"I do eat bread."
Translation:אני כן אוכל לחם.
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I see everybody is upvoting pesach9 and commenting in his support. But he is wrong. He said - "I don't think I have ever heard it said like that". If he hasn't heard it, it doesn't mean it doesn't exist.
This sentence is correct! The כן is used for emphasis, like "do" in the English sentence. In a parallel discussion to this one, a Hebrew native speaker confirmed that this is indeed correct phrasing.
By suggesting that "כן אני אוכל לחם" and "אני כן אוכל לחם" are equivalent (or that only the former is correct), pesach9 shows the basic confusion about this exercise. Although both sentences assert the same fact, they work as replies for two different situations.
~ If asked "Do you eat bread?", one may answer "כן אני אוכל לחם" "Yes I eat bread". This is a simple answer to a routine inquiry.
~ If told "You don't eat bread!", one may say "אני כן אוכל לחם" "I DO eat bread!". This is an emphatic correction of a rejected assertion.
I guess the use of the word כן here has the same nuance it has for us in Spanish. In a context where most of people around me do not eat bread or someone is implying that no one present eats bread I would say "Yo sí como pan." In other words, that amongst all the people in the group where the conversation is taking place (even if it is only two people) I emphasize that unlike the others, I DO eat bread.
אני כן אוכלת לחם I have been told that there is a typo in this but, being female, I have used the feminine ending, so why is this regarded as a typo? It makes sense for me to learn to use the appropriate ending?Perhaps just an error as I have chosen to type the feminine verb ending before and not been told there was a typo?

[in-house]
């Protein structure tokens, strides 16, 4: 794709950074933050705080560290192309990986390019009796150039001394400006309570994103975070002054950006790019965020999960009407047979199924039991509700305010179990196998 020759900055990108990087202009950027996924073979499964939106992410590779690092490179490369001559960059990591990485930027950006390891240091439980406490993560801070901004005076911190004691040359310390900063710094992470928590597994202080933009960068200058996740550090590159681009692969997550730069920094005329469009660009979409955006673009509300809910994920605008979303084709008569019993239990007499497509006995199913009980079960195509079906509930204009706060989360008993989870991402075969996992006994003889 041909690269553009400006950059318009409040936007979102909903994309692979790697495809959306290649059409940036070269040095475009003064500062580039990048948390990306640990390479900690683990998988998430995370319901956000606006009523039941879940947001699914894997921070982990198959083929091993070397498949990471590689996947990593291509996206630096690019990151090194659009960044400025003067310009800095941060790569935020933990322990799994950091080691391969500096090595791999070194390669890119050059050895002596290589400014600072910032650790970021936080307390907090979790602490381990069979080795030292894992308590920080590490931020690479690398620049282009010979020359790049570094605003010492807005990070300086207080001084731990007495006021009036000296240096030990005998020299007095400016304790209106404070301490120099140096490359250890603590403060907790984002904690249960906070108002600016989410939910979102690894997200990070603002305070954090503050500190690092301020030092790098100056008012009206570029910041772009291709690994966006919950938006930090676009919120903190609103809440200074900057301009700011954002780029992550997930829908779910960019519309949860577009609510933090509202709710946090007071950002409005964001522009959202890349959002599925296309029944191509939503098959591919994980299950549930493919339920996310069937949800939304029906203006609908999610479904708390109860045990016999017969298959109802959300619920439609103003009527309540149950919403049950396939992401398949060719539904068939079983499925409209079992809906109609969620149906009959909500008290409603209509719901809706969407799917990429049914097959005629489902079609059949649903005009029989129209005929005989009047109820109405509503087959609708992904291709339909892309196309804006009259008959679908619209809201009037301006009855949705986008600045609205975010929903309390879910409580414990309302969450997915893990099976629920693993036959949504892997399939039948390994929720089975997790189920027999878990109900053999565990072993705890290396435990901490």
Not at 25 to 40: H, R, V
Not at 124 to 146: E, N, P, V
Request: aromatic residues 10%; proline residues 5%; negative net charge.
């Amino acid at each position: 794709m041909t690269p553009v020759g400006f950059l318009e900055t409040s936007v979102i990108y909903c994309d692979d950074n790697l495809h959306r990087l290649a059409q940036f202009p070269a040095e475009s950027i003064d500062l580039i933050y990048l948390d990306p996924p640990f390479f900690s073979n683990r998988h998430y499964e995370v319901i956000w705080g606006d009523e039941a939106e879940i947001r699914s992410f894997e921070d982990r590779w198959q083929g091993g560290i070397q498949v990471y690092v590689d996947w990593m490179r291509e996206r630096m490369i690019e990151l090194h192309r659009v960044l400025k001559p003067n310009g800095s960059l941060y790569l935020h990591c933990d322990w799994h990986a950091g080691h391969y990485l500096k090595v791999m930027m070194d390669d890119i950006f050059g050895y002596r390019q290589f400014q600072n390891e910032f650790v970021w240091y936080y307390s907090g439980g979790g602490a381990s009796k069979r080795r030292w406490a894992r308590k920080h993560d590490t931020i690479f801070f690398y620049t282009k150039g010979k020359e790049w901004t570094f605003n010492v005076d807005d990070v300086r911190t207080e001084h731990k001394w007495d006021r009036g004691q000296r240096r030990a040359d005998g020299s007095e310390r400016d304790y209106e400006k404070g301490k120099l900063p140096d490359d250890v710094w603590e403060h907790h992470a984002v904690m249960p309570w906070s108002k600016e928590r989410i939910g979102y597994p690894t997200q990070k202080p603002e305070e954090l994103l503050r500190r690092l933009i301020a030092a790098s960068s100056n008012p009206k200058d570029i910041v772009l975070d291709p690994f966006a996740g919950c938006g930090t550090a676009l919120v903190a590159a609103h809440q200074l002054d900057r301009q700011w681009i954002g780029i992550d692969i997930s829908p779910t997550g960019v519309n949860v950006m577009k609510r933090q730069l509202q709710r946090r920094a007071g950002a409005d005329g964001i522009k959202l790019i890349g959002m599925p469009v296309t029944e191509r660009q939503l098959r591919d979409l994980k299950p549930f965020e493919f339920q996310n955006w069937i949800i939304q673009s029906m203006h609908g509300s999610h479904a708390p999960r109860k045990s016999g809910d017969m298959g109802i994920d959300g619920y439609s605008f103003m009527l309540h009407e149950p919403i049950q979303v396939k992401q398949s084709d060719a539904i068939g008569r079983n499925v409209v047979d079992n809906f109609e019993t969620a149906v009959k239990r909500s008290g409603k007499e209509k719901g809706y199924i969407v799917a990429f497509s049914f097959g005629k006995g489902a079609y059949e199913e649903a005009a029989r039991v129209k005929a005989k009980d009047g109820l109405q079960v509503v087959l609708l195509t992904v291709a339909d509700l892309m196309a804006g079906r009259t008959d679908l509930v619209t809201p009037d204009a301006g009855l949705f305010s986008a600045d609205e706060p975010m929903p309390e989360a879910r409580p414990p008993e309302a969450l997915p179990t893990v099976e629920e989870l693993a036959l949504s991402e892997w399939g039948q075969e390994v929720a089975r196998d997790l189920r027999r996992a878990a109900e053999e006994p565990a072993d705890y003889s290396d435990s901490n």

If you submit אני כן אוכלת לחם and it's rejected, please use the flag/report button to notify the developers that your answer should be accepted. There is no guarantee when or if they'll fix it, though, especially with all the other issues.
Of course, if you get a "Type what you hear" exercise, then you don't get to choose the gender.
Sorry, I didn't understand your arguments. I also do not would use do in English what should the do mean?! I am a German native speaker an I don't understand it. If I use the exact English words (with do) to translate it to Hebrew I see the ken but it makes no sense for me if I translate the excat English to German there is no difference to the same words without a do - so in the back translation the do is missing and when I translate this text from the back translation or if I use German there is no ken in the Hebrew. So sorry but your explanations makes no sense to me I don't understand it, sorry. Maybe here is a German that can explain it to me. I can try to ask my wife, she speaks German, English and Hebrew (German and Hebrew native) but she has dyslexia so I think she cannot explain it.
There isn't a direct translation into German. The closest to it would be using "doch". Imagine this exchange:
A: Isst du kein Brot? = אתה לא אוכל לחם? = Don't you eat bread? B: Doch, ich esse Brot! = אני כן אוכל לחם! = I do eat bread!
The word כן here is used to disprove the previous negative statement. The same goes for the English "do".